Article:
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The Federal Highway Administration awarded $15.1 million in Surface Transportation System Funding Alternatives grants July 9.
Created through the Fixing America’s Surface Transportation Act of 2015, the program supports states that are exploring user-based revenue mechanisms. The funding represents seven projects in Delaware, Oregon, Utah, Washington and Wyoming.
The projects will evaluate miles-based user fees (MBUF) and road user charges. The MBUF system requires technology to tabulate how far a vehicle has traveled, information that helps determine how much it is charged.
FHWA today awarded $15.1 million in Surface Transportation System Funding Alternatives grants to seven projects in five states to explore new ways to fund highway and bridge projects. https://t.co/QzTEA7mRSB #Infrastructure
— Federal Highway Admn (@USDOTFHWA) July 9, 2020
“These seven pilot projects will help provide valuable insight into potential new sources of revenue to support highway and bridge improvements nationwide,” Federal Highway Administrator Nicole Nason said.
The largest grant, for $5.5 million, was issued to the Washington Department of Transportation, which has partnered with the Washington State Transportation Commission on a road usage-charge demonstration project.
Also, $5 million was awarded to the Oregon Department of Transportation to pursue a project related to road usage charging in a connected vehicle ecosystem. The agency’s second award, for $250,000, will support the Western Road User Charge Consortium, known as RUC West.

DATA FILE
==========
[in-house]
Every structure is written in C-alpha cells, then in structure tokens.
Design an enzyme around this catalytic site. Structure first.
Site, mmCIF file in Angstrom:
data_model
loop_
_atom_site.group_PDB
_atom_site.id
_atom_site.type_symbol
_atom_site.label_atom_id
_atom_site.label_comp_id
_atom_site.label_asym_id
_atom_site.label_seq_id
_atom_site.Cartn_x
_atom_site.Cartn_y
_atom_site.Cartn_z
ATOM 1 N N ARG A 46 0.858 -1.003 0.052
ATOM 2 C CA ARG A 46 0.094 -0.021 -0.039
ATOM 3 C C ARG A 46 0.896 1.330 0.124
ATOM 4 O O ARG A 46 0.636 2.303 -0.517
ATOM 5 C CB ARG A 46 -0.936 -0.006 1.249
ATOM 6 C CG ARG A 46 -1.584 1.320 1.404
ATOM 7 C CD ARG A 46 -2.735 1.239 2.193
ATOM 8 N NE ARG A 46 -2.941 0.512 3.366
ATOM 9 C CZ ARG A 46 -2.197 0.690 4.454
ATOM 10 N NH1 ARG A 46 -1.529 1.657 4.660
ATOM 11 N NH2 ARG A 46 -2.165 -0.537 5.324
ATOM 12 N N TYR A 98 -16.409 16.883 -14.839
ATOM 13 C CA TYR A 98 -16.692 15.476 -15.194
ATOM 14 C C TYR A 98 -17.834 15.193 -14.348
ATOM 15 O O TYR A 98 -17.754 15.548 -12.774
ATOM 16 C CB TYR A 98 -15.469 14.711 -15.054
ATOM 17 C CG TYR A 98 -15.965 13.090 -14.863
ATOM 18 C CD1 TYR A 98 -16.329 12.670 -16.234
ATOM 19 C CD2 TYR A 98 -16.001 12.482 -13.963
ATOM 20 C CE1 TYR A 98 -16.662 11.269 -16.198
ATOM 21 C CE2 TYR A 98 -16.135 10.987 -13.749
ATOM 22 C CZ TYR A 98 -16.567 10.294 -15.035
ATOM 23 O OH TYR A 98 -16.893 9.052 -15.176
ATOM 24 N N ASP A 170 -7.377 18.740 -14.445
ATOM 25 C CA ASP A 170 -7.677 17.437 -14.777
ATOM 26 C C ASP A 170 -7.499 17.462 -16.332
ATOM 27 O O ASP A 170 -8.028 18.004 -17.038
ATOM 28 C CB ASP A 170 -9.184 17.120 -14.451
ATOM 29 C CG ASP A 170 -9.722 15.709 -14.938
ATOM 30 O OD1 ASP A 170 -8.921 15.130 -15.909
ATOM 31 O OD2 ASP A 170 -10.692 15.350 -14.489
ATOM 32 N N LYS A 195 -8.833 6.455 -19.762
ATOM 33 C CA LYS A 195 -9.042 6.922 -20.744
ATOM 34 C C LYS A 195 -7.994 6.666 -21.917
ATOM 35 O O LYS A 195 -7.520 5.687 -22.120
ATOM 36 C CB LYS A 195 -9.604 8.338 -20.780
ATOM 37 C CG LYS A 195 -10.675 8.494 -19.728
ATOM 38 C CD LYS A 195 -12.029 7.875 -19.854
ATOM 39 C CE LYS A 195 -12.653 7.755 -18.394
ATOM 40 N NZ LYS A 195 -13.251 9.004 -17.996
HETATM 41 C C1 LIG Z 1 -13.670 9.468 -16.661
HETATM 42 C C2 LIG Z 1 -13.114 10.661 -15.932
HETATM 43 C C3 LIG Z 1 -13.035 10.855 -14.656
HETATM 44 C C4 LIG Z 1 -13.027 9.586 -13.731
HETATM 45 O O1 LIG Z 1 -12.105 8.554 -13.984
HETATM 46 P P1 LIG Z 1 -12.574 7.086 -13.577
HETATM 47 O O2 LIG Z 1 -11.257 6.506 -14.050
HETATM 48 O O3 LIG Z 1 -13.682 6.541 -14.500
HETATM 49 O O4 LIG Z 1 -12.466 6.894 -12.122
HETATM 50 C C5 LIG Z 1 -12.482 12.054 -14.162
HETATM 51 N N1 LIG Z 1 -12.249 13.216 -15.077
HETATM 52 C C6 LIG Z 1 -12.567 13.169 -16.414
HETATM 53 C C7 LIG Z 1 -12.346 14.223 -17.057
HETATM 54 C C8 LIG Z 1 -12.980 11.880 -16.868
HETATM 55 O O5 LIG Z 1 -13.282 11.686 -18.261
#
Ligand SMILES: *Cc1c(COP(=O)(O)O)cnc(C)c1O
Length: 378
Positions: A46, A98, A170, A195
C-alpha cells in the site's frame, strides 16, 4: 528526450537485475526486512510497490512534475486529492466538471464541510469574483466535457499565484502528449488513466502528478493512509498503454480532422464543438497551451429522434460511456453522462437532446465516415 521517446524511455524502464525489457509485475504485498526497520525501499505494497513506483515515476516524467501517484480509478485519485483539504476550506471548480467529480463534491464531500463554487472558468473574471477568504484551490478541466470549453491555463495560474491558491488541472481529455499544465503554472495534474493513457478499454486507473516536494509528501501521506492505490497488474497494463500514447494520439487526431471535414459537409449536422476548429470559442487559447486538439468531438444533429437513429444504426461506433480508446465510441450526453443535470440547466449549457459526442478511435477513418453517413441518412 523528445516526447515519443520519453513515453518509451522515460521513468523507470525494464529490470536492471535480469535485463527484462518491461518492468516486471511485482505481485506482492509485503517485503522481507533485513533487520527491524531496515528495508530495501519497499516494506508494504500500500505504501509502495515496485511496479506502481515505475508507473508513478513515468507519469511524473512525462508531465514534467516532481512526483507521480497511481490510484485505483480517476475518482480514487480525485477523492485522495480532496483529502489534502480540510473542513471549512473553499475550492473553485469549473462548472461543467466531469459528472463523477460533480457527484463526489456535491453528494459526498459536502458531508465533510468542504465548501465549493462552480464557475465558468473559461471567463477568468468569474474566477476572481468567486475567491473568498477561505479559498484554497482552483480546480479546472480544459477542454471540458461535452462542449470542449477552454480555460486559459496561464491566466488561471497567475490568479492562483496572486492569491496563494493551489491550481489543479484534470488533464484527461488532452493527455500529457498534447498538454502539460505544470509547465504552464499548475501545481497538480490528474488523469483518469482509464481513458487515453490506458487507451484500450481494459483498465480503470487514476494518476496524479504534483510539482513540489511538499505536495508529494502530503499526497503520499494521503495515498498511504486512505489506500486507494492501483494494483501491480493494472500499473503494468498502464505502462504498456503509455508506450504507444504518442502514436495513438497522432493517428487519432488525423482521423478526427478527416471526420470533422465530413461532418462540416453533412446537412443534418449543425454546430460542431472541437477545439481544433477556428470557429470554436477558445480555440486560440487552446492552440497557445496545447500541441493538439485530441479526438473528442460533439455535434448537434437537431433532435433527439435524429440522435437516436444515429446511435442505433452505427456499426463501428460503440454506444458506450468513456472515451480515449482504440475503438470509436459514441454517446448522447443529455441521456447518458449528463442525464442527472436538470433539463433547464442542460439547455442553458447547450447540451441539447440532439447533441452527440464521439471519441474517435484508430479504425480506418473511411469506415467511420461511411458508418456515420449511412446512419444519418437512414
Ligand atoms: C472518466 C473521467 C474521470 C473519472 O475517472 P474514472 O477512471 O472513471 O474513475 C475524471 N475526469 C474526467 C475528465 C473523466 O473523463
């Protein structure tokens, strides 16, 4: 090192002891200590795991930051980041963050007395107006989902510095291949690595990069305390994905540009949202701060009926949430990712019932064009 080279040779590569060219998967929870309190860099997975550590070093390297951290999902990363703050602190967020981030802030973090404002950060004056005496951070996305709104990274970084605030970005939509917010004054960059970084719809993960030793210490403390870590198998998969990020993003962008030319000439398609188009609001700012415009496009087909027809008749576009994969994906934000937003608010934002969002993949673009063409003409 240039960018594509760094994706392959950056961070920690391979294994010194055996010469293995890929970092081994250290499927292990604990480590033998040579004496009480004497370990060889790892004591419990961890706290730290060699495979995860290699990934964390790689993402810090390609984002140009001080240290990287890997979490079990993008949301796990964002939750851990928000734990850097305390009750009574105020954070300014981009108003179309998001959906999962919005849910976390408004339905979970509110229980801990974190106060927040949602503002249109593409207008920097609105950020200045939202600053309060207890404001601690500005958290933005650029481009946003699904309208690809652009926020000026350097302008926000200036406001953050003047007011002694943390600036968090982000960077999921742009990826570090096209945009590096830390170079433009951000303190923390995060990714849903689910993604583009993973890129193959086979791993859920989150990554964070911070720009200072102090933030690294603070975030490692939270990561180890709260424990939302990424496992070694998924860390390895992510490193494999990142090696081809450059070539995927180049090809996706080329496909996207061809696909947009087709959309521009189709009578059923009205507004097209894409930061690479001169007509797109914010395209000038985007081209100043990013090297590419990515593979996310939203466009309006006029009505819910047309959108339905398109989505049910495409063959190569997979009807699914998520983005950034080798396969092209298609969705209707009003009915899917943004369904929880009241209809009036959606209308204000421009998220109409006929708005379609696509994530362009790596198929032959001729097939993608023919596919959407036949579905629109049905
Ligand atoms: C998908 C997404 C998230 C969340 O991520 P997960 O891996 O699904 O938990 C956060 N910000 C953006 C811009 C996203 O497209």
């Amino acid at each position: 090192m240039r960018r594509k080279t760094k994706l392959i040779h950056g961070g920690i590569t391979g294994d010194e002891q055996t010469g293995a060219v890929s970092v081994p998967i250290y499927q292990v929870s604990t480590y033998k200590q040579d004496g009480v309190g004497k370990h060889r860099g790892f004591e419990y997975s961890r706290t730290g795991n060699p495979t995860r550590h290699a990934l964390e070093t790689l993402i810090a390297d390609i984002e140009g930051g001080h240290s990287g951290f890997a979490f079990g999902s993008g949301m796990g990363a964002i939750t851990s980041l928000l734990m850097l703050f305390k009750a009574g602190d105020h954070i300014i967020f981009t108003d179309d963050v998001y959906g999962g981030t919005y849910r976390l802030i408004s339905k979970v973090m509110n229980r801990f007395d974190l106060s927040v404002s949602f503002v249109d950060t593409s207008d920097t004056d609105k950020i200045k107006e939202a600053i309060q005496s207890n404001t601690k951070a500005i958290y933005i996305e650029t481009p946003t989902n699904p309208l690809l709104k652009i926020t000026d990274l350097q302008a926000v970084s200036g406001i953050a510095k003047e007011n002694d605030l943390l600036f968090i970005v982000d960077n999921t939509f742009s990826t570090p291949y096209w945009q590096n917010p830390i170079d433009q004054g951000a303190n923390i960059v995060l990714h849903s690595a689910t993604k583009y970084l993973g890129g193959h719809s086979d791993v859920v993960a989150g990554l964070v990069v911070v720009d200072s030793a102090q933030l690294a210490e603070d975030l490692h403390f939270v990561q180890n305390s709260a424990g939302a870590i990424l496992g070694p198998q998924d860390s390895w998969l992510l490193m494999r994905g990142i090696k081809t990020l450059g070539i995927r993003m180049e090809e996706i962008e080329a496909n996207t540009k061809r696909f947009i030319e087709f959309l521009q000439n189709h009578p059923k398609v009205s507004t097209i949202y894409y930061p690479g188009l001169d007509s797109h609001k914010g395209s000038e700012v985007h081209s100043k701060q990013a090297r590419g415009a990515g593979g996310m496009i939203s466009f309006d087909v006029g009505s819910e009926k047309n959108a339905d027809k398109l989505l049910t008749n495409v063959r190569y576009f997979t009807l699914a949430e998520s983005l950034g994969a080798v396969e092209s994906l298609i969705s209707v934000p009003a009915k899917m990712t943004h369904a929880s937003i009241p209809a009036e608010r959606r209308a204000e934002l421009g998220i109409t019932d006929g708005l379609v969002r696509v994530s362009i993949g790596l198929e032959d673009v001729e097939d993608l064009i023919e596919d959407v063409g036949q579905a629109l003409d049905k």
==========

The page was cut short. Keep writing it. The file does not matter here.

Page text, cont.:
How can fleet managers harness technology to get a better handle on vehicle speed and improve their safety culture? Host Seth Clevenger speaks with Mathieu Boivin of E-Smart and Jonathan Hubbard of SpeedGauge. Hear a snippet, above, and get the full program by going to RoadSigns.TTNews.com.
Oregon was a pioneer of the road-usage charge system. The state’s Road User Fee Task Force started conducting per-mile charging pilot programs in 2007.
The Delaware Department of Transportation and the I-95 Corridor Coalition together received $3.3 million to address MBUF barriers through expanded pilot deployments within the coalition’s states. The Wyoming Department of Transportation received $250,000 to pursue a truck-mileage, user-fee pilot program.
The Utah Department of Transportation received two grants, one for $395,000 to support the integration of road user charges and express lane tolling and one for $350,000 to help cover local road usage charge costs.
Many states are pursuing infrastructure-funding mechanisms to counterbalance the flagging federal Highway Trust Fund, which helps states with construction and maintenance projects and relies heavily on the federal fuel tax.
The federal fuel tax has stagnated at 24.4 cents a gallon for diesel and 18.4 cents a gallon for gasoline since 1993. Improvements in fuel consumption and shifting driving habits contribute to the account’s steady decline, prompting several general fund transfers in recent years to maintain its solvency.
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